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Demographic drift

\ˌdɛməˈgræfɪk\ \drɪft\

The change in the types of people making up given population (such as the employees of a given company) over time.

Over time, businesses often shift the focus of their work, maybe through merger with another business with a different focus or maybe through the natural evolution of the market they work in. This means that the nature of their workforce can change over time. A good example would be a car manufacturing company which historically employed large numbers of manual workers, but now relies largely on robots operated by skilled engineers. The evolution of the types of people making up the workforce is called demographic drift.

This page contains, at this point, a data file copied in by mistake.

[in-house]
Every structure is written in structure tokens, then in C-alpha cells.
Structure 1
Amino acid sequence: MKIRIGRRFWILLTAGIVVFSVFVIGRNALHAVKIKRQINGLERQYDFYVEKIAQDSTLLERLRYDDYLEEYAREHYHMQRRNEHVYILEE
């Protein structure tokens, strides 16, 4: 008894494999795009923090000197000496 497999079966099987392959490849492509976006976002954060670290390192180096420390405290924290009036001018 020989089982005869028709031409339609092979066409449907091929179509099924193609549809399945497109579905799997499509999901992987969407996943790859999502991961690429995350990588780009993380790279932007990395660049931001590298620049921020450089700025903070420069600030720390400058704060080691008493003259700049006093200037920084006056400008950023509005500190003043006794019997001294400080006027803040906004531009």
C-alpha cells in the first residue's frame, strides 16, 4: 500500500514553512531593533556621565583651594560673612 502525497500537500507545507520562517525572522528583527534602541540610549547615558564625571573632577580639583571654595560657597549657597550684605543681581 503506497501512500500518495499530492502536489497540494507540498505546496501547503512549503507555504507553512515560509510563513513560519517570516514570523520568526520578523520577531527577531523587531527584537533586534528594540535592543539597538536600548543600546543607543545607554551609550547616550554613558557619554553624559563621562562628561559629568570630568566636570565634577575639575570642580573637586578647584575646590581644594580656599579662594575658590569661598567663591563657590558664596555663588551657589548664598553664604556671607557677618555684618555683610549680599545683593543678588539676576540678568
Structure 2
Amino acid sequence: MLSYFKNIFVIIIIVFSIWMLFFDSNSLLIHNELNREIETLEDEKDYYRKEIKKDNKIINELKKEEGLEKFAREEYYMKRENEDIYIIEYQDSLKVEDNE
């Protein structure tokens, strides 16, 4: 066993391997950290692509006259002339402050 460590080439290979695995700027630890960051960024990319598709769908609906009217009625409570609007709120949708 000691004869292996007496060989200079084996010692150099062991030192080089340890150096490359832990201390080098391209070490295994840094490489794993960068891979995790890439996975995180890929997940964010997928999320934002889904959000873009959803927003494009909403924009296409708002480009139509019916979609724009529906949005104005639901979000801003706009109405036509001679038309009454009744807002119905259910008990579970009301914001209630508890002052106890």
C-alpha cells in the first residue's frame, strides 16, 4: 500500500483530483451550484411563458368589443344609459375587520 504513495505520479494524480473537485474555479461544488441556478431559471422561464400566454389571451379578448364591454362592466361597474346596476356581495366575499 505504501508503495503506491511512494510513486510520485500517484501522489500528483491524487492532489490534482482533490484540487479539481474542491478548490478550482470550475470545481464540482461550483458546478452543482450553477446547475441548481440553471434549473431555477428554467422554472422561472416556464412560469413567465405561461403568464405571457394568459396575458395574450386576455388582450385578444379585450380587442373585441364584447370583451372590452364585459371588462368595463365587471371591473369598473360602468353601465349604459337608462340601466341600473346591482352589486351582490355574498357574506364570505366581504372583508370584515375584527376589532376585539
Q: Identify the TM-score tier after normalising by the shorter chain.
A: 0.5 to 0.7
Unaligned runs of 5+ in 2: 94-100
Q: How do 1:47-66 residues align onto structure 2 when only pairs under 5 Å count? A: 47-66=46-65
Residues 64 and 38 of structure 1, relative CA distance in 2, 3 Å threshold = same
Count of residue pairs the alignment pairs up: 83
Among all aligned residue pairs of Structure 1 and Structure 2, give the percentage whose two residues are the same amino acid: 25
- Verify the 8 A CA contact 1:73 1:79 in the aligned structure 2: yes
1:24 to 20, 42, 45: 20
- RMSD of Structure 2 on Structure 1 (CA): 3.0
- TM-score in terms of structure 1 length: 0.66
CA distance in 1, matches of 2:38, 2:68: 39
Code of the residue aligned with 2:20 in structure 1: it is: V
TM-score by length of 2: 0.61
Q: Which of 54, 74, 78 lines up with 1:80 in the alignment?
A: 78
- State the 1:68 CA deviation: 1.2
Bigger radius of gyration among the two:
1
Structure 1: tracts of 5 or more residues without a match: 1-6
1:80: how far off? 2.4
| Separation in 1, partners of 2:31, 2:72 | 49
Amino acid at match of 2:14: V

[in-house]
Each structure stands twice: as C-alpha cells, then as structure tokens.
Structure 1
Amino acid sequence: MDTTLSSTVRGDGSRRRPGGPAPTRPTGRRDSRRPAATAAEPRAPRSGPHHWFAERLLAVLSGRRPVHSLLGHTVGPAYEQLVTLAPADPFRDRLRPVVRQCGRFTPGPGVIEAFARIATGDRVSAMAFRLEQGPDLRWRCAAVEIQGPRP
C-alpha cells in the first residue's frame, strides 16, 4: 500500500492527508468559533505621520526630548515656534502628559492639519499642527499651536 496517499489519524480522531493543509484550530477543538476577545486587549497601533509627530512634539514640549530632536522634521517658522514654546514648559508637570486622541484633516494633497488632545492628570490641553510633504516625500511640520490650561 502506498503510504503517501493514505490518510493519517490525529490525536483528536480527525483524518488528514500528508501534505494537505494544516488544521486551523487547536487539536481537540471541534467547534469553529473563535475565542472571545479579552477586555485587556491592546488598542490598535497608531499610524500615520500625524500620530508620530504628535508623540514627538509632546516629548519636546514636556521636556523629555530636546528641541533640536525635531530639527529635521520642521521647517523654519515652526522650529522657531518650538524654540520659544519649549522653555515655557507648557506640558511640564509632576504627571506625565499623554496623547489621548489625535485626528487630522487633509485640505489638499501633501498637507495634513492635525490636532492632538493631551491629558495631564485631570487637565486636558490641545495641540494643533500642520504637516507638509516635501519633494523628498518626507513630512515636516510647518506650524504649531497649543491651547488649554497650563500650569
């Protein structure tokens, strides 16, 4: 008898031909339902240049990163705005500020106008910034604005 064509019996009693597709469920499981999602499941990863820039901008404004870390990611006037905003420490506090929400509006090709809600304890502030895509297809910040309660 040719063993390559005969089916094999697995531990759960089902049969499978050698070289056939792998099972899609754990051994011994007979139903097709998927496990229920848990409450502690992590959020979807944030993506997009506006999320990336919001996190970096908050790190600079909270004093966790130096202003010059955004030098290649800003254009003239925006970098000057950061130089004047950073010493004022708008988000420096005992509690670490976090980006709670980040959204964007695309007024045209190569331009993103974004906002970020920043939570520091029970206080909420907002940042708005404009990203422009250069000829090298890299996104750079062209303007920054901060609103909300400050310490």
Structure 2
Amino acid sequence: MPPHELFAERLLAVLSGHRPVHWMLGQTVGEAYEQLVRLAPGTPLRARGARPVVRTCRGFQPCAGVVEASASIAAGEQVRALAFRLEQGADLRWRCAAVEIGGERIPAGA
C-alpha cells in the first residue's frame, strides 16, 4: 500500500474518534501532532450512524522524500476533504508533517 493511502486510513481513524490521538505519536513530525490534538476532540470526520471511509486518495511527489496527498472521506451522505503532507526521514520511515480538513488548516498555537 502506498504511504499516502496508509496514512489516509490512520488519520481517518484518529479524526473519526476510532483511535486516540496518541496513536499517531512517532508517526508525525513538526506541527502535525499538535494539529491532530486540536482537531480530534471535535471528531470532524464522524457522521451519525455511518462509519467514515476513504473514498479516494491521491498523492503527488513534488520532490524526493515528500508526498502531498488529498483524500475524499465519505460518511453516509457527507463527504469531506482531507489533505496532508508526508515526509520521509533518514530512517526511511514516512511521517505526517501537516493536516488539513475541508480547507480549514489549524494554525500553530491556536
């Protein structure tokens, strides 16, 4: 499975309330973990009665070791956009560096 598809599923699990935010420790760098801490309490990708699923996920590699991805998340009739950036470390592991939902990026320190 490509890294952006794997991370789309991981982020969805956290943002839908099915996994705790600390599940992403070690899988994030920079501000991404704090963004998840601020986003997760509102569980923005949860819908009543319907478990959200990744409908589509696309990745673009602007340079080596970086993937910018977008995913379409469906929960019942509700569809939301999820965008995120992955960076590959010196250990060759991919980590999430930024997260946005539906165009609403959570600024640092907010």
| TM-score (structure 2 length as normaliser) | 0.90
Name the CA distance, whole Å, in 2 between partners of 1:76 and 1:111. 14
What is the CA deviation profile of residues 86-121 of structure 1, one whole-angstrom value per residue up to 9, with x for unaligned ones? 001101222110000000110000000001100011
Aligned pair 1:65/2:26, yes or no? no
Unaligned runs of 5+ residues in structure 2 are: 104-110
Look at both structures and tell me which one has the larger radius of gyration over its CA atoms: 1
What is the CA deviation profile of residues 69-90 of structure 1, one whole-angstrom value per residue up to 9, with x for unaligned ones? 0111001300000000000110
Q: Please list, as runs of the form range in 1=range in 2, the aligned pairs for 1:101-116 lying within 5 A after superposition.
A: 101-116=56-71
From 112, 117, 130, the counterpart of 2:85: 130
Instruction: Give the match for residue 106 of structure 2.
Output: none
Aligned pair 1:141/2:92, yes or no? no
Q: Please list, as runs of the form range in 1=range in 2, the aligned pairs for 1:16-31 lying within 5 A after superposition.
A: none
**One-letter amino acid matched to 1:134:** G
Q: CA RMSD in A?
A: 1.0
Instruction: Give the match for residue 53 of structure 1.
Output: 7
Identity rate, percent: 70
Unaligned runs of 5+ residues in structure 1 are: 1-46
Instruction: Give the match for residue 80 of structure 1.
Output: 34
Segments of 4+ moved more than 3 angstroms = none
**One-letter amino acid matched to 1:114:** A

Demographic drift can often affect the participants making up a pension plan and older participants can often have very different characteristics to younger participants. Relying on the mortality experience of older retirees to set a longevity assumption for younger retirees and current participants could lead to a material under- or overstatement of liabilities due to demographic drift.

Keep exploring our Lexicon of Longevity
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